Articles | Volume 15, issue 2
Data description paper
14 Feb 2023
Data description paper |  | 14 Feb 2023

Combined wind lidar and cloud radar for high-resolution wind profiling

José Dias Neto, Louise Nuijens, Christine Unal, and Steven Knoop

This paper introduces an experimental setup for retrieving horizontal wind speed and direction profiles with a high temporal and vertical resolution for process studies and validation of convection-permitting model simulations. The CMTRACE (tracing convective momentum transport in complex cloudy atmospheres) campaign used collocated wind lidar and cloud radar measurements to retrieve seamless wind profiles from near the surface up to cloud tops. It took place in Cabauw, the Netherlands, between 13 September and 3 October 2021. The intermediate processing steps for generating the level 1 and level 2 data, such as second trip echoes filtering, offset correction, wind retrieval, re-gridding, and flagging, are described. In level 1 (, Dias Neto2022a), the data from lidar and radars are kept in the original spatial and temporal resolution, while in level 2 (, Dias Neto2022b), they are regridded to a common spatial and temporal resolution. Statistical analyses of the lidar's and radar's wind speed and direction profiles indicate a correlation higher than 0.95 for both variables. The bias of wind direction and speed calculated between radar's and lidar's observations are 0.24 and −0.16m s−1, respectively. The foreseen initial application of the datasets includes the study of convective momentum transport and its validation in regional weather forecasts and large-eddy simulation hindcasts.

1 Introduction

Wind is an essential component in nearly every weather phenomenon on Earth through its transport of heat, moisture, and scalars. How winds blow sets patterns of precipitation on large scales through e.g. atmospheric rivers or monsoons (Gimeno et al.2014; Zemp et al.2014; Naakka et al.2019; Gimeno et al.2020), while on small scales it influences surface heat and moisture fluxes, convection, and cloud development. Large-scale wind is driven by thermal (pressure) gradients, but modified by a range of small-scale processes, including surface drag, momentum transport, and gravity waves. The parametrisation of those small-scale processes in weather and climate models remains uncertain, and persistent wind biases likely related to such processes continue to exist.

Wind observations for data assimilation and model validation are therefore invaluable, but generally limited to the surface layer where meteorological stations (over land) or permanent moorings or buoys (in the ocean) exist. Besides meteorological towers (limited to 200 m) or airborne wind measurements (limited in time), ground-based radar and lidars can be used more routinely to measure wind profiles beyond the surface layer.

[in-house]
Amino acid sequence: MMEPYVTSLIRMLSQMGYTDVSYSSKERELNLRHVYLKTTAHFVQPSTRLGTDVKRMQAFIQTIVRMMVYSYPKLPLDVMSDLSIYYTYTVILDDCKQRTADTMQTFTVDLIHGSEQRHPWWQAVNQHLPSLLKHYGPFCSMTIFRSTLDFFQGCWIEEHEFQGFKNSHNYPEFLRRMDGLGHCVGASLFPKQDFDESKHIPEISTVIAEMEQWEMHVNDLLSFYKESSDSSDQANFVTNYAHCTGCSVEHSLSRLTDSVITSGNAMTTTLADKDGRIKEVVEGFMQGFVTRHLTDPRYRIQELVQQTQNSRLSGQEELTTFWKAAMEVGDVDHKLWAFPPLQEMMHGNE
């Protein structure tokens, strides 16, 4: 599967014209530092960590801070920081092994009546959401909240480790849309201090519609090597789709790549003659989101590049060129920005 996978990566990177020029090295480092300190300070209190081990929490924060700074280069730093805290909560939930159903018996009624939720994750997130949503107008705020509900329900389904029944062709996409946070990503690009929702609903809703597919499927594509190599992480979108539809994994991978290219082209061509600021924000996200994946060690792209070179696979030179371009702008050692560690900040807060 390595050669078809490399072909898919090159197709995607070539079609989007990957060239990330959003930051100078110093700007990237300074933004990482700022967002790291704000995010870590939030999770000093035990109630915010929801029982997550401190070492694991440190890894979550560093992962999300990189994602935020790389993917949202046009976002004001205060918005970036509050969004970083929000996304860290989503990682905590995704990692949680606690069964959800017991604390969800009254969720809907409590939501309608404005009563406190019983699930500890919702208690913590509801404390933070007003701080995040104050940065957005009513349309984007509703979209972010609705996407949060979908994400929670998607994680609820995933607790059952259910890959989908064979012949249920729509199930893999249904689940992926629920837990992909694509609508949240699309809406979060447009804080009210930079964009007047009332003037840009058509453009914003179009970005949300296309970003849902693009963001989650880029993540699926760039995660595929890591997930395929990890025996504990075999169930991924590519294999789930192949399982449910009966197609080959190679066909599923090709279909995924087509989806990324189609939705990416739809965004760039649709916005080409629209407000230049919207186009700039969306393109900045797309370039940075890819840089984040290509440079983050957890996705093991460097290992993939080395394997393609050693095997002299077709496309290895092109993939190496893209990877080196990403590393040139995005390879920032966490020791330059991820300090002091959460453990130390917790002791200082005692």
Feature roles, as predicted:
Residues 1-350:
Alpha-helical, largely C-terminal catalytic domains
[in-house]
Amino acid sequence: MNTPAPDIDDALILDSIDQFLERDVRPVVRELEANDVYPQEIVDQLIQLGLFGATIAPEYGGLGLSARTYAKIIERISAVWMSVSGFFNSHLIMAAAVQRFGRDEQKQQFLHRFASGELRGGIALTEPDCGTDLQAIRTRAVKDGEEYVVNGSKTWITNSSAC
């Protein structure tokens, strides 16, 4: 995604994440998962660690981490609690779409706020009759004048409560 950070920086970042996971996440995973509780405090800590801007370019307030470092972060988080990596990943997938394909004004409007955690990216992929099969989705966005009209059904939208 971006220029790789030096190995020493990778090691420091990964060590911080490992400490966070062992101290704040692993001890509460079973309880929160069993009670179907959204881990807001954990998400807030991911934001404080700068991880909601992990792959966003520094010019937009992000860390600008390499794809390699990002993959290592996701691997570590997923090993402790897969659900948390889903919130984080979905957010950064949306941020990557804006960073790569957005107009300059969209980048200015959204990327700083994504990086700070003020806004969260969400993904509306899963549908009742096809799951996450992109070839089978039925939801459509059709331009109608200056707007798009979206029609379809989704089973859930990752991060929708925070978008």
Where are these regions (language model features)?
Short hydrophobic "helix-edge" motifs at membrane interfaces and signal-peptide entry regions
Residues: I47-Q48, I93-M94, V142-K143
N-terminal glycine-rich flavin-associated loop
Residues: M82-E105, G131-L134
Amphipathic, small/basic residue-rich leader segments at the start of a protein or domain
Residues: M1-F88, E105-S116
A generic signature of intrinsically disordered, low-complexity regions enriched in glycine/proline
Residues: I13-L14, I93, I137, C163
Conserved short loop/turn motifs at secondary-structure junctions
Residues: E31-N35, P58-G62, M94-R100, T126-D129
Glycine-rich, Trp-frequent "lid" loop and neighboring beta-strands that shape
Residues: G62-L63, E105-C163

The so-called velocity azimuth display (VAD) radar approach for retrieving the wind properties was proposed by Lhermitte (1962); Browning and Wexler (1968); Lhermitte (1969), where the mean Doppler velocity (MDV) as a function of azimuth results in a sine curve. Later, Wilson (1970); Kropfli (1986) used radars to study turbulence in the boundary layer based on the VAD. Weather Doppler radars have also been extensively used by weather services (Chandrasekar et al.2018; Kumjian2018) to monitor winds, mitigate the impact of storms, study the evolution of meteorological systems (e.g. tornadoes, cyclones) (Kosiba et al.2013), and detect wave structures in the horizontal wind (Miller et al.2022).

In the last decade, due to the current global transition from fossil fuel power plants to systems based on renewable energy sources, the wind energy industry has bloomed. For accurate wind power prediction, understanding the influence of turbulence in the atmospheric boundary layer, as well as topography and surface drag, is crucial. Wind turbulence can strongly affect energy production (Elliott and Cadogan1990; Peinke et al.2004; Clifton and Wagner2014) or even damage the wind turbines (Kelley et al.2006). Studying such processes requires much higher resolution wind observations to understand the temporal and spatial scales with which wind varies, including over ocean. This has spurred the development and deployment of commercial Doppler wind lidar. Based on VAD radar works, Eberhard et al. (1989) used lidar for studying turbulence for the first time, and since then, lidar has been largely used for this application (Newman et al.2016; Newman and Clifton2017; Mann et al.2010; Sathe et al.2015; Smalikho and Banakh2017; Bonin et al.2017). Sathe and Mann (2013) provide a good review of lidar-based experiments.